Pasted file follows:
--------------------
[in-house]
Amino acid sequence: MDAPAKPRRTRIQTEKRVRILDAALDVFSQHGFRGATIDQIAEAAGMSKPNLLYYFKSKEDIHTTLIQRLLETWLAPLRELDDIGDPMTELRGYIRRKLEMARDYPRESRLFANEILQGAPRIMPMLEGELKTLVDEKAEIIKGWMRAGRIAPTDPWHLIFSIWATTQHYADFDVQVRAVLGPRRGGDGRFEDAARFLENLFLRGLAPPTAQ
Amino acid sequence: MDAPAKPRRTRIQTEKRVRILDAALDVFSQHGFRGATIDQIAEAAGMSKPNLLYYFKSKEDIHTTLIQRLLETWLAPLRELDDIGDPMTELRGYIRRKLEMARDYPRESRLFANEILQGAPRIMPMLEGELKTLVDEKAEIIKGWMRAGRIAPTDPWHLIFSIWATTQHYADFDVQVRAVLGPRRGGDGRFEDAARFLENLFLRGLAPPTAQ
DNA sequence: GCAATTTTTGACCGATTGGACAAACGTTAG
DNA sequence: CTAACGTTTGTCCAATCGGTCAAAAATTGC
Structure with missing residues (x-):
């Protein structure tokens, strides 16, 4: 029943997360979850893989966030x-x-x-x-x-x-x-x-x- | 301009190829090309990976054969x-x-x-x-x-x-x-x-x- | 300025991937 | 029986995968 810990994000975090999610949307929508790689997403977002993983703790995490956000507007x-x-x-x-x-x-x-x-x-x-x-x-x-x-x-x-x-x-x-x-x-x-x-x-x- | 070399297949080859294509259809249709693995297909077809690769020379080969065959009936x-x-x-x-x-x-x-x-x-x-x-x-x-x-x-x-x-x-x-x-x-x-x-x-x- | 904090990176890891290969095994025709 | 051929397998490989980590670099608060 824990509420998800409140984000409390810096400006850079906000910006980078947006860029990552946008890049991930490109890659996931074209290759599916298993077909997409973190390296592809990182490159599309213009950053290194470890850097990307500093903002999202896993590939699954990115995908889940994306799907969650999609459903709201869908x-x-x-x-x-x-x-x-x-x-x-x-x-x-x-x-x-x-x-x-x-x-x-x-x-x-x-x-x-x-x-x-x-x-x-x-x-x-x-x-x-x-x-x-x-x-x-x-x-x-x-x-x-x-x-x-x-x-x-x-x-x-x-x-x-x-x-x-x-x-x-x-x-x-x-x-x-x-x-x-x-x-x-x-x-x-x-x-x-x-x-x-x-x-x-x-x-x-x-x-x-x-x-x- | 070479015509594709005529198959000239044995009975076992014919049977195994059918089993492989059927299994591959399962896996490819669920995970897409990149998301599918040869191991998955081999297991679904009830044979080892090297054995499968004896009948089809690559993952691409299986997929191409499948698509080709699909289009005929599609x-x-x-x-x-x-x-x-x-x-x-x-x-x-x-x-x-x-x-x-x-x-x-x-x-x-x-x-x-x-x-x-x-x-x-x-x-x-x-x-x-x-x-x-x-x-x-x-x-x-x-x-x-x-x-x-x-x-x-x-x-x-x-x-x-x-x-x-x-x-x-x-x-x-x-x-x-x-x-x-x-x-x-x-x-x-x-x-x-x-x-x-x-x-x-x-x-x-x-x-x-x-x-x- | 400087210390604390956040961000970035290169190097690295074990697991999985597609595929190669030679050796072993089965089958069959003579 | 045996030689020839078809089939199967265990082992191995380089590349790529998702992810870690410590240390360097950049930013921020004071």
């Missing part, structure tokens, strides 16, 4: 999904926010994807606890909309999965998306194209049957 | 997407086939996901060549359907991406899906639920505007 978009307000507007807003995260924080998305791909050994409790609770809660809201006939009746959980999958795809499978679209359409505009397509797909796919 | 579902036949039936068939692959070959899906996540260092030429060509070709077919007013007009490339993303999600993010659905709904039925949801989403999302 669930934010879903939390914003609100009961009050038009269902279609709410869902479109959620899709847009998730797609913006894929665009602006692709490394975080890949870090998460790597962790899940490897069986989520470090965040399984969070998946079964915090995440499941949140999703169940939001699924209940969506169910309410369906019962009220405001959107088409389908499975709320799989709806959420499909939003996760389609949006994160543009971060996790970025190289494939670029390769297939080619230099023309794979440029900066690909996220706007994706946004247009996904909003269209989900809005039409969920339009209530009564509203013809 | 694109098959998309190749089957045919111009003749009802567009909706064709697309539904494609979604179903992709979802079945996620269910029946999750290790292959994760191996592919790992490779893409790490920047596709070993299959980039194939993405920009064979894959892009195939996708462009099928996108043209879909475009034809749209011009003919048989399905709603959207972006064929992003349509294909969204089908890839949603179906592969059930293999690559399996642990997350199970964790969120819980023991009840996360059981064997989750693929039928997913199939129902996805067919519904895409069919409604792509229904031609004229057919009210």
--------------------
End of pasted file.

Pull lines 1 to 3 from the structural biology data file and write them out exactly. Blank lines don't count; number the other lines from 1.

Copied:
[in-house]
Amino acid sequence: MDAPAKPRRTRIQTEKRVRILDAALDVFSQHGFRGATIDQIAEAAGMSKPNLLYYFKSKEDIHTTLIQRLLETWLAPLRELDDIGDPMTELRGYIRRKLEMARDYPRESRLFANEILQGAPRIMPMLEGELKTLVDEKAEIIKGWMRAGRIAPTDPWHLIFSIWATTQHYADFDVQVRAVLGPRRGGDGRFEDAARFLENLFLRGLAPPTAQ
Amino acid sequence: MDAPAKPRRTRIQTEKRVRILDAALDVFSQHGFRGATIDQIAEAAGMSKPNLLYYFKSKEDIHTTLIQRLLETWLAPLRELDDIGDPMTELRGYIRRKLEMARDYPRESRLFANEILQGAPRIMPMLEGELKTLVDEKAEIIKGWMRAGRIAPTDPWHLIFSIWATTQHYADFDVQVRAVLGPRRGGDGRFEDAARFLENLFLRGLAPPTAQ